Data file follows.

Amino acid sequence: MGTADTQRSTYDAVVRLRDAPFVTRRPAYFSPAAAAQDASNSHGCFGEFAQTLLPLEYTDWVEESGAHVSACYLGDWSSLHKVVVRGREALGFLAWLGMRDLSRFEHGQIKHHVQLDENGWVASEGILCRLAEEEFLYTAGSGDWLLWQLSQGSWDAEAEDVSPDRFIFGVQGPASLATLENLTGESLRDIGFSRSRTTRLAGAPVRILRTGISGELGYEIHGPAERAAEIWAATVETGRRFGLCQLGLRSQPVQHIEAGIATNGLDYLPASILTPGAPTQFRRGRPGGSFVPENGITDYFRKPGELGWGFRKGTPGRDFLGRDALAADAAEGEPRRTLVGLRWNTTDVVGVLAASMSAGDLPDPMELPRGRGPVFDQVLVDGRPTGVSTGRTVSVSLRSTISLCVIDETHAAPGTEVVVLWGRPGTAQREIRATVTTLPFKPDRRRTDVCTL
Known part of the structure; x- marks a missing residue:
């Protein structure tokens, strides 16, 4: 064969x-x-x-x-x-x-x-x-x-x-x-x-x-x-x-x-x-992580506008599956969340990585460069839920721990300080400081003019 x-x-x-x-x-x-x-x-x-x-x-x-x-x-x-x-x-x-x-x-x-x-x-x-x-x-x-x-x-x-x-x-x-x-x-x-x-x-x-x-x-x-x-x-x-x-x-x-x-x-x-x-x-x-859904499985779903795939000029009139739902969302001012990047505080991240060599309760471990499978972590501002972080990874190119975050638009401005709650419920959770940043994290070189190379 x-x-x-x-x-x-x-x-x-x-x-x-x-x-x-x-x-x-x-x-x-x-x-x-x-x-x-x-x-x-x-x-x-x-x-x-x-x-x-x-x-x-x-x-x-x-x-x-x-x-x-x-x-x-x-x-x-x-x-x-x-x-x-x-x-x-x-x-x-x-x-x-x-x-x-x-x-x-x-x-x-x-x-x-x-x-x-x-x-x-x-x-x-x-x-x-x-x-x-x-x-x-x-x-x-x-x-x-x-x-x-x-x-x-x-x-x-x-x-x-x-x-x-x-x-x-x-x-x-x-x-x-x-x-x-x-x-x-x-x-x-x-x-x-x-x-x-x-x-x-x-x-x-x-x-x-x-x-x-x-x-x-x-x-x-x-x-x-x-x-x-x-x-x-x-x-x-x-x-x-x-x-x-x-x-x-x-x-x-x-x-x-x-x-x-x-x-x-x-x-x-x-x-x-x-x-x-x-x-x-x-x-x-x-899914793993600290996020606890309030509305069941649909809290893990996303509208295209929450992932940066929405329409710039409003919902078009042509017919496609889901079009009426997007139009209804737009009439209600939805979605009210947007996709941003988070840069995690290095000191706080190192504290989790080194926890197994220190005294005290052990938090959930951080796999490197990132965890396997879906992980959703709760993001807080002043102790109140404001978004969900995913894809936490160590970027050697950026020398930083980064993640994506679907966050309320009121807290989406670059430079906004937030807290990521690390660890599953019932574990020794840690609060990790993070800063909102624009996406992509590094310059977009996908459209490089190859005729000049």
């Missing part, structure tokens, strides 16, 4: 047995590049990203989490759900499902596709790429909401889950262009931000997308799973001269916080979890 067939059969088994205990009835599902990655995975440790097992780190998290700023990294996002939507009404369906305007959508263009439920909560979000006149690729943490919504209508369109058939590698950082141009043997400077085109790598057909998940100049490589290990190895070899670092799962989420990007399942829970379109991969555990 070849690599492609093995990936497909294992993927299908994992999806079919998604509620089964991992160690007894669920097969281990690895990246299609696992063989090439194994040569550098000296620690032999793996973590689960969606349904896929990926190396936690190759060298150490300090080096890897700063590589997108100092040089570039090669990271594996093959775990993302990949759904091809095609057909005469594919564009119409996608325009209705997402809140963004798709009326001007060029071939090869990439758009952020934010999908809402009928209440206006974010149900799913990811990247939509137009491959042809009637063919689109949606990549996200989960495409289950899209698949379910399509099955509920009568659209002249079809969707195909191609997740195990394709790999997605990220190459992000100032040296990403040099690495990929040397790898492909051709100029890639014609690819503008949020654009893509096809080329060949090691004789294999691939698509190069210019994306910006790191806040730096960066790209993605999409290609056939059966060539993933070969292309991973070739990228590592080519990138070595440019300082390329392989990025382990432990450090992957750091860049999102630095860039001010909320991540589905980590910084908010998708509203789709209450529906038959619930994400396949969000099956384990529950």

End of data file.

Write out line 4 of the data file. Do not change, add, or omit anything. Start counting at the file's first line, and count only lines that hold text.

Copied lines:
């Missing part, structure tokens, strides 16, 4: 047995590049990203989490759900499902596709790429909401889950262009931000997308799973001269916080979890 067939059969088994205990009835599902990655995975440790097992780190998290700023990294996002939507009404369906305007959508263009439920909560979000006149690729943490919504209508369109058939590698950082141009043997400077085109790598057909998940100049490589290990190895070899670092799962989420990007399942829970379109991969555990 070849690599492609093995990936497909294992993927299908994992999806079919998604509620089964991992160690007894669920097969281990690895990246299609696992063989090439194994040569550098000296620690032999793996973590689960969606349904896929990926190396936690190759060298150490300090080096890897700063590589997108100092040089570039090669990271594996093959775990993302990949759904091809095609057909005469594919564009119409996608325009209705997402809140963004798709009326001007060029071939090869990439758009952020934010999908809402009928209440206006974010149900799913990811990247939509137009491959042809009637063919689109949606990549996200989960495409289950899209698949379910399509099955509920009568659209002249079809969707195909191609997740195990394709790999997605990220190459992000100032040296990403040099690495990929040397790898492909051709100029890639014609690819503008949020654009893509096809080329060949090691004789294999691939698509190069210019994306910006790191806040730096960066790209993605999409290609056939059966060539993933070969292309991973070739990228590592080519990138070595440019300082390329392989990025382990432990450090992957750091860049999102630095860039001010909320991540589905980590910084908010998708509203789709209450529906038959619930994400396949969000099956384990529950």